An easier way to write Python plugins for Dia

Posted on Thu 07 January 2016 in Python

Dia is a free and open source diagram creation program that runs on the main dekstop platforms. It's getting a bit long in the tooth, but its still a great tool. It's very easy to extend with plugins written in Python to add new features but the actual process of writing those plugins is a little bit more complicated.

Firstly, the Python API is hard to find online. You can generate a diagram of the API from within Dia itself from the Help menu, but this doesn't give you a whole lot of information and the format is a little incovenient. The API can be a little tricky to navigate, and I'll share some tips on that in a later post, but the biggest problem lies in testing the plugins that you write. Dia loads all of its plugins at startup and they can't be modified during runtime which makes testing and debugging a laborious process. It's possible to write and test the parts of your plugin that don't depend on Dia separately but once you start interacting with the UI it all starts to get bogged down again.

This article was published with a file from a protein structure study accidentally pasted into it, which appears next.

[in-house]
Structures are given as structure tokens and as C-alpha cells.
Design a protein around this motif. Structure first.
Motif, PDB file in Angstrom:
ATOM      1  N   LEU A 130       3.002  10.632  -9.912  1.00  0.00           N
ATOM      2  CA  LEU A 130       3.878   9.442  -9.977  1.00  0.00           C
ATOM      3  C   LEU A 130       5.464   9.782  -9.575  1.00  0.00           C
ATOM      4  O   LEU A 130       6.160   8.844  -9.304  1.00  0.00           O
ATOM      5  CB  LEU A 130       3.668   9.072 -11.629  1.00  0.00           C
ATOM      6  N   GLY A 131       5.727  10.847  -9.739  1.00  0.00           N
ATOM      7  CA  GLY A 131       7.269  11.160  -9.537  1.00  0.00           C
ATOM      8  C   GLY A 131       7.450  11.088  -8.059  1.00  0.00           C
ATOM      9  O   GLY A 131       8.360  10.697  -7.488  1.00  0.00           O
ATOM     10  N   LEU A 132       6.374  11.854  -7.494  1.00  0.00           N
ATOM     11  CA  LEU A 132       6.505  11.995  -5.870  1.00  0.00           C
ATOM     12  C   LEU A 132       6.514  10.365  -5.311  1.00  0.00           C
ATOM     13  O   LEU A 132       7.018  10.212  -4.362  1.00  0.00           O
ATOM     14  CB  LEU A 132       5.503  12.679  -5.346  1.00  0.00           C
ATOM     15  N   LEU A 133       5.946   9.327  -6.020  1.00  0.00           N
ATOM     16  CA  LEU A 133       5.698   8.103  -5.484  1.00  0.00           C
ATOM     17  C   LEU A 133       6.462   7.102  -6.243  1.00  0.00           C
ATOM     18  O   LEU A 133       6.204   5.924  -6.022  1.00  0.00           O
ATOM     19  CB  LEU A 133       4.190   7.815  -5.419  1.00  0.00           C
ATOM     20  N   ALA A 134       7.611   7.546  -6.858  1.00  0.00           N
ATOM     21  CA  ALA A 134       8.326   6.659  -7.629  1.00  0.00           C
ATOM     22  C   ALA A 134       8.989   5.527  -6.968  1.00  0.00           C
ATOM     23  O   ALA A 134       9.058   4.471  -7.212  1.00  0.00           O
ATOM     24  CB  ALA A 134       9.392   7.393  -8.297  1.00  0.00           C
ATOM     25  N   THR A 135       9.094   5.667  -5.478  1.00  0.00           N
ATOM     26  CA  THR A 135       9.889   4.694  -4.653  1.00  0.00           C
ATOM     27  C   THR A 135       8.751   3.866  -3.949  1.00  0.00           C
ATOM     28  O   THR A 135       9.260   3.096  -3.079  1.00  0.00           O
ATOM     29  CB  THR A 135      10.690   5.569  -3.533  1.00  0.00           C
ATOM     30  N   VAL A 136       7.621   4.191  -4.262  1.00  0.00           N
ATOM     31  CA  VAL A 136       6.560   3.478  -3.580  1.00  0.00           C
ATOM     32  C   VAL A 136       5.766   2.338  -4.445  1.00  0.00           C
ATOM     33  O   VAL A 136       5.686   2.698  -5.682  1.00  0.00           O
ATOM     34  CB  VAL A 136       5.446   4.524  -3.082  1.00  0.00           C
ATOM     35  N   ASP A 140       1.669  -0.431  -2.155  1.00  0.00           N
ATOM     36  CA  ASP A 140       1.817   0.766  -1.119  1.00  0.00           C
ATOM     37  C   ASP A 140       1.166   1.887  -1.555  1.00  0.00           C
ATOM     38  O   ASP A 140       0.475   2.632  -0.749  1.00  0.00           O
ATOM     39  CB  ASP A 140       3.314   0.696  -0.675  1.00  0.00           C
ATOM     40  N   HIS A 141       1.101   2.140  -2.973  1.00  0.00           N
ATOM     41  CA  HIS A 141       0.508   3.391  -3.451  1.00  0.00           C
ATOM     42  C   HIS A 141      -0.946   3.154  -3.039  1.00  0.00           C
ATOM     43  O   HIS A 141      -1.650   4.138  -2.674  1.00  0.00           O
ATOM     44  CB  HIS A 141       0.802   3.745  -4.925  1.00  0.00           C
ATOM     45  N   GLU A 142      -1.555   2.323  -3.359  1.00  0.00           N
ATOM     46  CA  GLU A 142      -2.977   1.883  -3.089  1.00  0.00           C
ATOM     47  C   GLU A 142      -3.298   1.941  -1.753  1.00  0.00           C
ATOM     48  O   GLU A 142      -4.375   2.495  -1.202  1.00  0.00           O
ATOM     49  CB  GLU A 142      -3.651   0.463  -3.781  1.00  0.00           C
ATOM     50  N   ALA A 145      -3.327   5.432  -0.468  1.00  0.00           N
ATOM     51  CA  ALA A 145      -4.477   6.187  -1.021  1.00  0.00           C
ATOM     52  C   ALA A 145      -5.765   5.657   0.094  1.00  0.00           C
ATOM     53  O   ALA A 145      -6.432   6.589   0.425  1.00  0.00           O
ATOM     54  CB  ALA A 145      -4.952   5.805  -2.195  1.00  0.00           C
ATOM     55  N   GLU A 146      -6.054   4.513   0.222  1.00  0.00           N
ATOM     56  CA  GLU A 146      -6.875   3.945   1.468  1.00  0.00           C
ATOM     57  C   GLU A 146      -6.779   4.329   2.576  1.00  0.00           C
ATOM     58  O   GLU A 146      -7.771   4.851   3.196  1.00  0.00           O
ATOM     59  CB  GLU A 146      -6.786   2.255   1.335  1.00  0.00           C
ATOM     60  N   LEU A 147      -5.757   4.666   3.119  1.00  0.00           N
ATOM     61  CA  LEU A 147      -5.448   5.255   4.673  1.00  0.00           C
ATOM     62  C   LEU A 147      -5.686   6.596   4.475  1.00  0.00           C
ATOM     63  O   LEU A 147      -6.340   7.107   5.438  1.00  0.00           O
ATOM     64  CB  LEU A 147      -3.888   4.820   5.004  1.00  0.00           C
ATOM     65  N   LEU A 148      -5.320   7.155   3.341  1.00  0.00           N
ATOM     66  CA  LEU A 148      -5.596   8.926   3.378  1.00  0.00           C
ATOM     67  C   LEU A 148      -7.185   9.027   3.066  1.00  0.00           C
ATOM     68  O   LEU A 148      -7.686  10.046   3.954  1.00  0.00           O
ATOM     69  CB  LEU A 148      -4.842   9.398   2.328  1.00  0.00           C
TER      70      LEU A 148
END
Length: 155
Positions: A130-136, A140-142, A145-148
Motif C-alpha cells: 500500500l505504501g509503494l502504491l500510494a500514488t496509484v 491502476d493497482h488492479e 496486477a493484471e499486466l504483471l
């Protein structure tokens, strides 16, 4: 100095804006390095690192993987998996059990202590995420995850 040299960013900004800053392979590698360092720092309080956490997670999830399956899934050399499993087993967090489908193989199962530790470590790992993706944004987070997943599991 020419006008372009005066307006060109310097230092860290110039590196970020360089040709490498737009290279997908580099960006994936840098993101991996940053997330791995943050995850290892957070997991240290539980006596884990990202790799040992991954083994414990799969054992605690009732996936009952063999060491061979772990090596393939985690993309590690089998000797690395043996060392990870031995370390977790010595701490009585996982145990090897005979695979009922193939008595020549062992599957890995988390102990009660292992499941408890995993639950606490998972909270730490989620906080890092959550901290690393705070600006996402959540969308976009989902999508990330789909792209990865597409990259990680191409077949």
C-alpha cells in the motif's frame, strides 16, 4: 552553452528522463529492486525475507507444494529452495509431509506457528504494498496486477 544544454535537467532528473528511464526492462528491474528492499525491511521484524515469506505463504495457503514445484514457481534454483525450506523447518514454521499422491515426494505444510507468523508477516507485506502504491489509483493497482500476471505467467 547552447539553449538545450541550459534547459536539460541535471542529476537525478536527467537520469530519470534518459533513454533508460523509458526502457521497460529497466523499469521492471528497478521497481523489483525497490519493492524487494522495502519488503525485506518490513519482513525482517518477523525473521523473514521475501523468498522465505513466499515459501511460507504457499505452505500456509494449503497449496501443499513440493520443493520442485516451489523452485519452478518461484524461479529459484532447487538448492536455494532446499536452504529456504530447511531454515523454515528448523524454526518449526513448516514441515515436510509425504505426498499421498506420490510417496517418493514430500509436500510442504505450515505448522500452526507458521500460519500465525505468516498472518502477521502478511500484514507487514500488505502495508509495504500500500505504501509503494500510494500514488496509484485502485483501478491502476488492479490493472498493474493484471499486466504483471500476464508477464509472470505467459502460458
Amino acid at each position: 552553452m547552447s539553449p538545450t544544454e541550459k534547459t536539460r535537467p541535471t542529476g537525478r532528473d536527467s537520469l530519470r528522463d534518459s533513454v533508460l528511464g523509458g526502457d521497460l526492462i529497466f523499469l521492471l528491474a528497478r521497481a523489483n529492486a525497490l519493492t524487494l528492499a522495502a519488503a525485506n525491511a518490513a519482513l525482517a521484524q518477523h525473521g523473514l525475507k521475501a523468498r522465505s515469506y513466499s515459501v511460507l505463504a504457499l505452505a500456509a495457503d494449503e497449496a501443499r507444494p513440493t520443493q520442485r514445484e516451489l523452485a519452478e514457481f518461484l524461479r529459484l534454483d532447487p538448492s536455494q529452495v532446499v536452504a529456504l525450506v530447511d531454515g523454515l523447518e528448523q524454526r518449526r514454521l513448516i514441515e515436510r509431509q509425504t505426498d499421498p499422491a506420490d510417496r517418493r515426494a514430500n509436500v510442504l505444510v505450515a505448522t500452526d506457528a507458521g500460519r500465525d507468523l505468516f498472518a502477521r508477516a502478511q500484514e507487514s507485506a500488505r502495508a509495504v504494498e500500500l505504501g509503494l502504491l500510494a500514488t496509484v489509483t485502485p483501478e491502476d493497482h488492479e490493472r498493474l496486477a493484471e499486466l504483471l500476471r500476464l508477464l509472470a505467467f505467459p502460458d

My what a big API you have!

Frustrated by this and wanting to develop a plugin using Test Driven Development (TDD) techniques, I wrote a small Python module that mocks the Dia API. This way you can write and test the vast majority of your plugin without having to run Dia at all! There are some limitations - any interactions with the UI for example have to be done in Dia either manually or with an automation framework, and you can't generate usable diagrams from it. It should, however, reduce the amount of time and bugs it takes to get your plugin up and running. Don't forget to Open Source it and share it with the world!

If this is something you might find useful, you can check it out here. I originally developed it to meet the needs of a particular project I was working on at the time so there are some parts that may not be fully implemented, but I'm happy to take bug reports and pull requests.

Installation is easy:

$ python install

There is no practical difference in how you write your code and any existing plugin can use the module without modification. When the plugin runs outside of Dia, it loads the mock module, when it is run inside Dia, it loads the real one.

Now you're all set up to start writing plugins for Dia the easy way!